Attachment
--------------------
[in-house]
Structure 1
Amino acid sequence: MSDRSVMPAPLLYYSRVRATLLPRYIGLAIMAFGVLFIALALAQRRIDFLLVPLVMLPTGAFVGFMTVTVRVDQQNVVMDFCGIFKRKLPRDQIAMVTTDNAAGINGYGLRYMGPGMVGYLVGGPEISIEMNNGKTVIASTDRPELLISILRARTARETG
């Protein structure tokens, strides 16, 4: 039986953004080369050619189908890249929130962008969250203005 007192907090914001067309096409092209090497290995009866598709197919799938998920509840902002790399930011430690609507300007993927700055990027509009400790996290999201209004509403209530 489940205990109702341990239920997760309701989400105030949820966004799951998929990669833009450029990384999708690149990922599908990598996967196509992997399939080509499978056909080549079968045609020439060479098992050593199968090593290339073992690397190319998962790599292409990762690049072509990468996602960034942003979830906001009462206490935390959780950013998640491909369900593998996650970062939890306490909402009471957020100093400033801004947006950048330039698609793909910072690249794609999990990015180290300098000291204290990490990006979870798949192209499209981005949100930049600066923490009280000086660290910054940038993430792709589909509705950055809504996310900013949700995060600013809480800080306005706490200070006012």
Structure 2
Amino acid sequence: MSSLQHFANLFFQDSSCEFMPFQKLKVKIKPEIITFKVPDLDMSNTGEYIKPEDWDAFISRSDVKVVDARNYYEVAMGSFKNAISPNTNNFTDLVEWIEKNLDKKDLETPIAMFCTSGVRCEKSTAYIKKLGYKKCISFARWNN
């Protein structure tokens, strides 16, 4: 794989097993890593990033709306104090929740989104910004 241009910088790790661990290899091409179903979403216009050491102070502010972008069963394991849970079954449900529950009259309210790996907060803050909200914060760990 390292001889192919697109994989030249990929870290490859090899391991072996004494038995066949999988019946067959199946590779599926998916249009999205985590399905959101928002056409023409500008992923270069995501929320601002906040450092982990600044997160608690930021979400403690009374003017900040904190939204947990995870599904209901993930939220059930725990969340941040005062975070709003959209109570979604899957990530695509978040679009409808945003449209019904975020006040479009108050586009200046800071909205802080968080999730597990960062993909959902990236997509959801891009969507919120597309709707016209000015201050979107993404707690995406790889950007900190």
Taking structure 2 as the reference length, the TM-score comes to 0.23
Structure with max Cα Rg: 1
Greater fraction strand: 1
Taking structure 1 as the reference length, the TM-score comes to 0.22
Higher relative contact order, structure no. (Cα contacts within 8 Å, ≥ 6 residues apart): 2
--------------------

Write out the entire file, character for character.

[in-house]
Structure 1
Amino acid sequence: MSDRSVMPAPLLYYSRVRATLLPRYIGLAIMAFGVLFIALALAQRRIDFLLVPLVMLPTGAFVGFMTVTVRVDQQNVVMDFCGIFKRKLPRDQIAMVTTDNAAGINGYGLRYMGPGMVGYLVGGPEISIEMNNGKTVIASTDRPELLISILRARTARETG
């Protein structure tokens, strides 16, 4: 039986953004080369050619189908890249929130962008969250203005 007192907090914001067309096409092209090497290995009866598709197919799938998920509840902002790399930011430690609507300007993927700055990027509009400790996290999201209004509403209530 489940205990109702341990239920997760309701989400105030949820966004799951998929990669833009450029990384999708690149990922599908990598996967196509992997399939080509499978056909080549079968045609020439060479098992050593199968090593290339073992690397190319998962790599292409990762690049072509990468996602960034942003979830906001009462206490935390959780950013998640491909369900593998996650970062939890306490909402009471957020100093400033801004947006950048330039698609793909910072690249794609999990990015180290300098000291204290990490990006979870798949192209499209981005949100930049600066923490009280000086660290910054940038993430792709589909509705950055809504996310900013949700995060600013809480800080306005706490200070006012």
Structure 2
Amino acid sequence: MSSLQHFANLFFQDSSCEFMPFQKLKVKIKPEIITFKVPDLDMSNTGEYIKPEDWDAFISRSDVKVVDARNYYEVAMGSFKNAISPNTNNFTDLVEWIEKNLDKKDLETPIAMFCTSGVRCEKSTAYIKKLGYKKCISFARWNN
């Protein structure tokens, strides 16, 4: 794989097993890593990033709306104090929740989104910004 241009910088790790661990290899091409179903979403216009050491102070502010972008069963394991849970079954449900529950009259309210790996907060803050909200914060760990 390292001889192919697109994989030249990929870290490859090899391991072996004494038995066949999988019946067959199946590779599926998916249009999205985590399905959101928002056409023409500008992923270069995501929320601002906040450092982990600044997160608690930021979400403690009374003017900040904190939204947990995870599904209901993930939220059930725990969340941040005062975070709003959209109570979604899957990530695509978040679009409808945003449209019904975020006040479009108050586009200046800071909205802080968080999730597990960062993909959902990236997509959801891009969507919120597309709707016209000015201050979107993404707690995406790889950007900190």
Taking structure 2 as the reference length, the TM-score comes to 0.23
Structure with max Cα Rg: 1
Greater fraction strand: 1
Taking structure 1 as the reference length, the TM-score comes to 0.22
Higher relative contact order, structure no. (Cα contacts within 8 Å, ≥ 6 residues apart): 2